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Burlington Will Lawyer

No one likes to think about their final moments, or what their family will do after they pass. But for anyone who has a home or personal property, and especially those who have a spouse or children, the importance of drafting a will cannot be overstated. A will can secure the future for loved ones left behind and can bring its maker peace of mind that all valuables will be taken care of after he or she passes.

Massachusetts has certain laws pertaining to wills. When they are not written up properly, they can be rendered void and thrown out of court. When this happens, the deceased’s estate is "intestate" and goes into probate. That person’s final wishes may not be fulfilled. Even if a father wanted his son to have a specific item, it can’t be proven if it’s not in writing, and things get messy. If you haven’t yet drafted a will, speak to one of our lawyers at DiBella Law Offices, P.C. today. We can help.

How Do You Make a Legal Will in Massachusetts?

A will is simply a document that allows a person to state how he or she wants property, children, and even remains to be distributed or disposed of after death. In Massachusetts, wills may be made by any individual age 18 or older who is of sound mind.

In order to make the will legal in Massachusetts, the "testator" or person making the will, must:

  1. Provide the will in writing,
  2. Sign the will himself, or have another person sign it in his presence on his behalf,
  3. Sign in the presence of two witnesses, and have them sign the will themselves.

However, there are also "self-proved wills" – in fact, most wills in Massachusetts are self-proved wills, which do not include any witness signatures. These wills must have an affidavit attached, and that affidavit must be sworn to under oath in the presence of a notary public or justice of the peace.

What Happens If You Don’t Make a Will?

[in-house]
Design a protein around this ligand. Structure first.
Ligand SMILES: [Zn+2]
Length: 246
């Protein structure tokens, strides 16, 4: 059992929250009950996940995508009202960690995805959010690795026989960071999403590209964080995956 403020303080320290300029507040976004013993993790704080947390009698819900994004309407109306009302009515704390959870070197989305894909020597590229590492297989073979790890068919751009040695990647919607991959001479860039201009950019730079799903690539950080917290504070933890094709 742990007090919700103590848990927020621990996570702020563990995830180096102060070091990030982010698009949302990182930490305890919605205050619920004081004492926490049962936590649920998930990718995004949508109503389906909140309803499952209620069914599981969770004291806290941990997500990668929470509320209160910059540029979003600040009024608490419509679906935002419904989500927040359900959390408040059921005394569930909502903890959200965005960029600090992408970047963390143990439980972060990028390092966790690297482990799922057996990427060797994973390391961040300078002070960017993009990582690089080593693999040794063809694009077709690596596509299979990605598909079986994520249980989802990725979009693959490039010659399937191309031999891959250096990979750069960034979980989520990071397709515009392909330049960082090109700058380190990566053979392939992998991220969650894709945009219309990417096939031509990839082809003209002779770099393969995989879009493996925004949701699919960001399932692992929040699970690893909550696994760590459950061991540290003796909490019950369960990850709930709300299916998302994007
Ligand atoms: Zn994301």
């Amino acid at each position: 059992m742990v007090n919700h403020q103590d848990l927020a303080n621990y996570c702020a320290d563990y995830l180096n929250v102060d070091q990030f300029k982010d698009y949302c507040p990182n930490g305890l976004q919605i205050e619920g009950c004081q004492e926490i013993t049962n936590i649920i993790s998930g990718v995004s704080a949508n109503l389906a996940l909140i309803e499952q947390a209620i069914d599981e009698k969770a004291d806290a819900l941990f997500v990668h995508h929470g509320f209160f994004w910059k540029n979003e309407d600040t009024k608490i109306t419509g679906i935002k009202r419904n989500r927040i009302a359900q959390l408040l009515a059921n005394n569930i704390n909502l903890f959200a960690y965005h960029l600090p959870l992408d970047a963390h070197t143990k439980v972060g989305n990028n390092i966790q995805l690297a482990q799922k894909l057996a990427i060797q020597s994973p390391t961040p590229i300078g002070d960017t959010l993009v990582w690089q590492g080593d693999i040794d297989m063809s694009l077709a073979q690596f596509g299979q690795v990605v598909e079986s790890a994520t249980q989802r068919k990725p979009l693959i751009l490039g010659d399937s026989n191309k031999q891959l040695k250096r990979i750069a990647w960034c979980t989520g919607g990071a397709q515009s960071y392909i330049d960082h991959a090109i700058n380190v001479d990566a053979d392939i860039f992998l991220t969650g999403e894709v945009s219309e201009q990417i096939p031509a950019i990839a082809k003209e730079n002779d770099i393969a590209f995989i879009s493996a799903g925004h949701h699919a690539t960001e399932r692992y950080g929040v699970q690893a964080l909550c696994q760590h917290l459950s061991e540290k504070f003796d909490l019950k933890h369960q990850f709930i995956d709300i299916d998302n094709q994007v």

Everyone over the age of 18 should prepare a will. The simple fact is that no one knows when he or she is going to pass away. And when a person passes away without a written will, the courts will decide how to distribute assets and other property, as well who will take over legal guardianship of any minor children. This is done through probate, and it usually takes one to two years to complete.

In most cases, the courts will distribute the majority of the property to a surviving spouse and when there is no spouse, to any surviving children. When there are no children and the deceased did not have a spouse, any property will then be distributed to the parents. When the parents are not alive, to siblings. In some cases, grandparents and children of grandparents may also be awarded the property.

When a person passes away in Massachusetts without a will or surviving close relatives, the property will become the property of the state of Massachusetts, unless the deceased was a veteran who died while a member of the Soldiers' Home in Massachusetts or the Soldiers' Home in Holyoke. Then, the assets will go to those homes. This process is known as escheat.

Why You Need an Estate Planning Lawyer

Having a written will is extremely important, but it’s just as important to seek the help of a Burlington estate planning lawyer. Writing a will can be stressful and cause great anxiety. Attorneys can help people put aside their emotions and understand what they need to do, and why. Most importantly, an estate planning lawyer can ensure that a written will meets the legal requirements of Massachusetts, thereby ensuring that the demands and requests contained in the document will be carried out.

If you have not yet written a will and want to make sure your property and children will be taken care of, there is no better time to start preparing. Contact DiBella Law Offices, P.C., today at (781) 262-3338. We know what the law requires surrounding wills in Massachusetts, and we can help you create one.